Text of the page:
CRISPR gene editing technology has become one of the most talked about developments the field of medicine recently, but it seems that CRISPR has suffered a setback. In a new study, scientists found that the human immune system may reject cells that had been edited with CRISPR-Cas 9.
When scientists introduced edited bacterial cells into a human body, they found the immune system quickly got to work on the foreign cells, eliminating them quickly. Despite this setback, however, researchers say that this doesn’t mean all is lost. CRISPR is a naturally occurring phenomenon in two types of bacteria that the cells use to recognize and neutralize viruses.
With some tweaking, scientists found the enzyme in question, Cas 9 can be used to edit other types of DNA.
It’s no surprise that the human body has immunity to the cells in which CRISPR is found, given that they come with the same bacteria that cause strep throat and staph infections.
“Half of healthy people already have antibodies to Cas9,’ Dr. Weinberg said of the study samples, and, ‘more importantly for CRISPR is that the other limb besides antibodies is the ability of T cells to recognize cells that have Cas9 inside them.” said Dr. Ken Weinberg, who is one of the study’s co-authors.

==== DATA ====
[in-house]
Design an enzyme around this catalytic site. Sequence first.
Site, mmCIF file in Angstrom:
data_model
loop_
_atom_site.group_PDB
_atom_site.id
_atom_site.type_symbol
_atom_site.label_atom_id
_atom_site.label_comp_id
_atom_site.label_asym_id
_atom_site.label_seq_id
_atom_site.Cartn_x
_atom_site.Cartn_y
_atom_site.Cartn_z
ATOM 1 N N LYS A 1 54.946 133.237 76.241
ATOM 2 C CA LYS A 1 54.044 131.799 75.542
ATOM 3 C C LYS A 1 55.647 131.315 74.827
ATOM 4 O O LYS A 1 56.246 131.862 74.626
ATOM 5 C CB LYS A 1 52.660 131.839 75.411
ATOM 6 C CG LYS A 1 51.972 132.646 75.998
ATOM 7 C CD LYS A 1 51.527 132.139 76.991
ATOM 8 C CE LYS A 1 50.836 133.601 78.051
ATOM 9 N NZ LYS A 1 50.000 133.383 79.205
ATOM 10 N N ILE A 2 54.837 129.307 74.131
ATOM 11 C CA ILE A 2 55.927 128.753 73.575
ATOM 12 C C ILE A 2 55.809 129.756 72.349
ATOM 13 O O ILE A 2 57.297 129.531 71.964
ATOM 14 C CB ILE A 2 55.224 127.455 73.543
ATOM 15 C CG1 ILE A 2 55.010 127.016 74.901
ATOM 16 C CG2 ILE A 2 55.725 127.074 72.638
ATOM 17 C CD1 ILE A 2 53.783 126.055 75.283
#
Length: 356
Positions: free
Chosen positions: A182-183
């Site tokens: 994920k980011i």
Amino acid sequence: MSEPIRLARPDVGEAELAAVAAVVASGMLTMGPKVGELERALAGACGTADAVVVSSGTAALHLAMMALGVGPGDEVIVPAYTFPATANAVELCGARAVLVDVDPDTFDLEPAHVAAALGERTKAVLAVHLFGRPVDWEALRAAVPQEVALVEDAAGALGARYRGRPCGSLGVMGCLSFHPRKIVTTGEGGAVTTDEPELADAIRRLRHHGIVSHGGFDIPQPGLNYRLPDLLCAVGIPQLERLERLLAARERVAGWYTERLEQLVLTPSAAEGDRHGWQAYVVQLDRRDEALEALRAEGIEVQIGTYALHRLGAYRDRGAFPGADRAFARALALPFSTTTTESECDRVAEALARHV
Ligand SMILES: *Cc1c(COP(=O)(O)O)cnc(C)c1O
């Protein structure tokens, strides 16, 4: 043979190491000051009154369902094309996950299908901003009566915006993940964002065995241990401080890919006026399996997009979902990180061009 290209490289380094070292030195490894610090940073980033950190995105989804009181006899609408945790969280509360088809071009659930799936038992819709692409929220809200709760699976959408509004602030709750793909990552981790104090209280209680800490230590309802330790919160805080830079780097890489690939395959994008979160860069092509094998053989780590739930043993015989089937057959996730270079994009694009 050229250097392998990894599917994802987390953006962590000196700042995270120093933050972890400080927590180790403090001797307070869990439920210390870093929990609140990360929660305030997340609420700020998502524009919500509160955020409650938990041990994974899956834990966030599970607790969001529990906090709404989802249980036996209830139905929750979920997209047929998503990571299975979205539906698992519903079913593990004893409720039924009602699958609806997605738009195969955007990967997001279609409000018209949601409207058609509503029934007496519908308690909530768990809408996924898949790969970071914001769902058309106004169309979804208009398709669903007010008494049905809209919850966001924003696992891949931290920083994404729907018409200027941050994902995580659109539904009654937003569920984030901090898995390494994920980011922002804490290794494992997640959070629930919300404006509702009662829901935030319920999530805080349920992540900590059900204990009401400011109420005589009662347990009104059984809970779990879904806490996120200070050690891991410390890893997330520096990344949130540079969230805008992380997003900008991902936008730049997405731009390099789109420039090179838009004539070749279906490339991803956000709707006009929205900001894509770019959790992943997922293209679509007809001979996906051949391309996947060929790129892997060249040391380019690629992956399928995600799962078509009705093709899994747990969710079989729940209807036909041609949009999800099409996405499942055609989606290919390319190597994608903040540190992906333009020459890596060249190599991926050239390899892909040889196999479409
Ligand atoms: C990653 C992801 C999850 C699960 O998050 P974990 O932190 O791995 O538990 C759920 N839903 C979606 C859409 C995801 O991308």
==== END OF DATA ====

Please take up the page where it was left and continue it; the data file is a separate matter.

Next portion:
Weinberg continued, “Healthy people, at high frequency, have T cells that recognize Cas9 and [the immunity cells] are doing things that make it seem that they would try to kill a cell that had that protein inside it.”
He went on to explain to reporters that there are still several ways practitioners might be able to get around the problem of immunity. The first way, he said, is to apply Cas 9 to the subset of cells that need editing, outside of the body, before then letting them incubate until Cas 9 has neutralized.
While this method would be costly, it seems preferable than turning off humans’ immunity to the enzyme.